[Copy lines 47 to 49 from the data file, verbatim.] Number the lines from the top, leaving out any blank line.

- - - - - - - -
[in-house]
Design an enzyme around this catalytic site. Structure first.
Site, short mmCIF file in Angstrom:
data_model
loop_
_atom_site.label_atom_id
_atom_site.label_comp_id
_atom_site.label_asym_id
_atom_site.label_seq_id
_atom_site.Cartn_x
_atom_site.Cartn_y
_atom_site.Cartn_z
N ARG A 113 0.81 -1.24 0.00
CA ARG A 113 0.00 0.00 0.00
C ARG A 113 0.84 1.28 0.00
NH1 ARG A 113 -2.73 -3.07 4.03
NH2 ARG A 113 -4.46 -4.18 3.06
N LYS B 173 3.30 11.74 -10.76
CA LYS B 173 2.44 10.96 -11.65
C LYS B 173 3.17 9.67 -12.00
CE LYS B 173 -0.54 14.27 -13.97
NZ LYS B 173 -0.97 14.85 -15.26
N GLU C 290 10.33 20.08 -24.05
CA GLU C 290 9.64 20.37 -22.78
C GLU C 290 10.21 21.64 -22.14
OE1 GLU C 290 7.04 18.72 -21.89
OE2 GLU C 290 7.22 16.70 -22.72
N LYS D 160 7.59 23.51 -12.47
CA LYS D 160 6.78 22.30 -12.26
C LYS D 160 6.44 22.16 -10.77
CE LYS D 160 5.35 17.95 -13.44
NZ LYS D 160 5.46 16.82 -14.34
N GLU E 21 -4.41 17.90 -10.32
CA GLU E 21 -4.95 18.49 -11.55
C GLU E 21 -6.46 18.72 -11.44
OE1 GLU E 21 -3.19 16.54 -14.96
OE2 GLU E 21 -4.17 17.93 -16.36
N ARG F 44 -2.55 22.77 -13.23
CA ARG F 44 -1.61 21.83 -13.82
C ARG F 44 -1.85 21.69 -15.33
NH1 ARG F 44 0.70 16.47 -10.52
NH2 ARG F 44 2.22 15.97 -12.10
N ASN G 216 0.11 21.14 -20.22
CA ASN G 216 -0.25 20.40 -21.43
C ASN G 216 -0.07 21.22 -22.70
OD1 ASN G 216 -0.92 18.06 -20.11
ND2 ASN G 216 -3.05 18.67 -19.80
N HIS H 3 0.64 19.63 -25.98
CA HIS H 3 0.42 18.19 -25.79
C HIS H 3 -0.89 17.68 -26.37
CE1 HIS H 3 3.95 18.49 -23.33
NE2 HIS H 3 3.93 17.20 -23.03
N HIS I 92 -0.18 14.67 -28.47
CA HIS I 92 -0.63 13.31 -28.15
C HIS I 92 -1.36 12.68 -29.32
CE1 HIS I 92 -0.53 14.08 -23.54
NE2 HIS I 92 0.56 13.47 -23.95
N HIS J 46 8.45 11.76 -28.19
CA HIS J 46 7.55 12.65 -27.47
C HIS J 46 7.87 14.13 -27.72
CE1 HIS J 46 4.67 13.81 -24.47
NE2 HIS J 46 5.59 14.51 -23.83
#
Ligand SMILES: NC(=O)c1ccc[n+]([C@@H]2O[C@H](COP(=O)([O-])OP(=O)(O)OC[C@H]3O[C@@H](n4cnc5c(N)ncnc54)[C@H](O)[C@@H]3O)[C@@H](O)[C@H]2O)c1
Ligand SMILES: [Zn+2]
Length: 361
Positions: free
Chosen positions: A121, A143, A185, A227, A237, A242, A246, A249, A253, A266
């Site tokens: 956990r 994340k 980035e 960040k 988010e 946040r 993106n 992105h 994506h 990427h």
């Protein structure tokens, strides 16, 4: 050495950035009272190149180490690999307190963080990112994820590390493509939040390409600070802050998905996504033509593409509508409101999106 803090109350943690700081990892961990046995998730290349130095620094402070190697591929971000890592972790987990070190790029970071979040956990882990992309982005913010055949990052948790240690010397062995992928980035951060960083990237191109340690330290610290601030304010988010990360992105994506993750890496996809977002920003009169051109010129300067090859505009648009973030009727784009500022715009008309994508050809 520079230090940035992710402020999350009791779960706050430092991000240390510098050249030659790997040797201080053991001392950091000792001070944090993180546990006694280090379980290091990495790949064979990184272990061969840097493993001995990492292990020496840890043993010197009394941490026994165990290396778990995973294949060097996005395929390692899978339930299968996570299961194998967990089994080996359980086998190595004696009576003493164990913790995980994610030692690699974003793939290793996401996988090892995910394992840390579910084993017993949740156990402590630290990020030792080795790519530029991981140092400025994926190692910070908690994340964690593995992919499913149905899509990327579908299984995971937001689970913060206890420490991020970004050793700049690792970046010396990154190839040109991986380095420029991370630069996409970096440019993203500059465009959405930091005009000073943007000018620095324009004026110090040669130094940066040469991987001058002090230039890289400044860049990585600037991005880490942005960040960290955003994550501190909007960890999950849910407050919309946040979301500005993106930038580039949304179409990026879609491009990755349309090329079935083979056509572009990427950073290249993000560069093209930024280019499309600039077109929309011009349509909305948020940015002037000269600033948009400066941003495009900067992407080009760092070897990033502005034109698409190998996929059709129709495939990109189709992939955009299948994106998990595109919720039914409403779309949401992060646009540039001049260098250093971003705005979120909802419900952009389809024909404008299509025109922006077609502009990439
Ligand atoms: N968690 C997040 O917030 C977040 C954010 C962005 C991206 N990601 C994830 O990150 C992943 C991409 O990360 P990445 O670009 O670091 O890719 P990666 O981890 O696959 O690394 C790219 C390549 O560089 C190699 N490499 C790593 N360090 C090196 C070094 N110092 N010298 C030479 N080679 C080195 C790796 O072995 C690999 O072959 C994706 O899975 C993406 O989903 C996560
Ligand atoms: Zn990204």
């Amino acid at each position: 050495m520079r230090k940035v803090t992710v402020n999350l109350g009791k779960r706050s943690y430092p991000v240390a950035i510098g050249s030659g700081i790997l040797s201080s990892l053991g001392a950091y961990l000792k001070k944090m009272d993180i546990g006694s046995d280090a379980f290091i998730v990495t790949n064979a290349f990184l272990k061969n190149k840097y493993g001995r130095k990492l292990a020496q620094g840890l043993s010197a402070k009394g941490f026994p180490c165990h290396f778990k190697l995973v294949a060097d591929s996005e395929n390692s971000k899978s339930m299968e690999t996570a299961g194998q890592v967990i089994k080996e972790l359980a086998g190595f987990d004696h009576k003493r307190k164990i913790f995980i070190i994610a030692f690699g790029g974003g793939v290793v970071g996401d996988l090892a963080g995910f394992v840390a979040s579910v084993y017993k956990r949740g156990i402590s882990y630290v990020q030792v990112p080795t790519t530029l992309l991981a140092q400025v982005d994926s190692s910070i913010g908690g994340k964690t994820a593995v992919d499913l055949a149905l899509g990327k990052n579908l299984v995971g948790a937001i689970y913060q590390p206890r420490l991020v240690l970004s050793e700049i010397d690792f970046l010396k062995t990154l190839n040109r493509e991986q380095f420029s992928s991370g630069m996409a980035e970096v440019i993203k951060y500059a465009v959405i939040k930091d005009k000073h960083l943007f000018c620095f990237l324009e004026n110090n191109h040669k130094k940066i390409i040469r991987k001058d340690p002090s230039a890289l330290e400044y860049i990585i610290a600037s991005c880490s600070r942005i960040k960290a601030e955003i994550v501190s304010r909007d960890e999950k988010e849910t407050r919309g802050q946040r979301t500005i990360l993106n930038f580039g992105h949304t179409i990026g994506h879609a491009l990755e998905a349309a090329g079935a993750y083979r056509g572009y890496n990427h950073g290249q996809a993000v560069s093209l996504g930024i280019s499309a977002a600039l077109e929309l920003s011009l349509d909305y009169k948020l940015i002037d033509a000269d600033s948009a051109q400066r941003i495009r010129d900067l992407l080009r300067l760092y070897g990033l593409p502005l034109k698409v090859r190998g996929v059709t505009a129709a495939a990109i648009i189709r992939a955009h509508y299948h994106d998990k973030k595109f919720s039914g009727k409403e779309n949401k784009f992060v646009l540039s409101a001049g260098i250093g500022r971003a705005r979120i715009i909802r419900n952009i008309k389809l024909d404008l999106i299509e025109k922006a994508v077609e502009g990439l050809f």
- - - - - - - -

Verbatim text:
ND2 ASN G 216 -3.05 18.67 -19.80
N HIS H 3 0.64 19.63 -25.98
CA HIS H 3 0.42 18.19 -25.79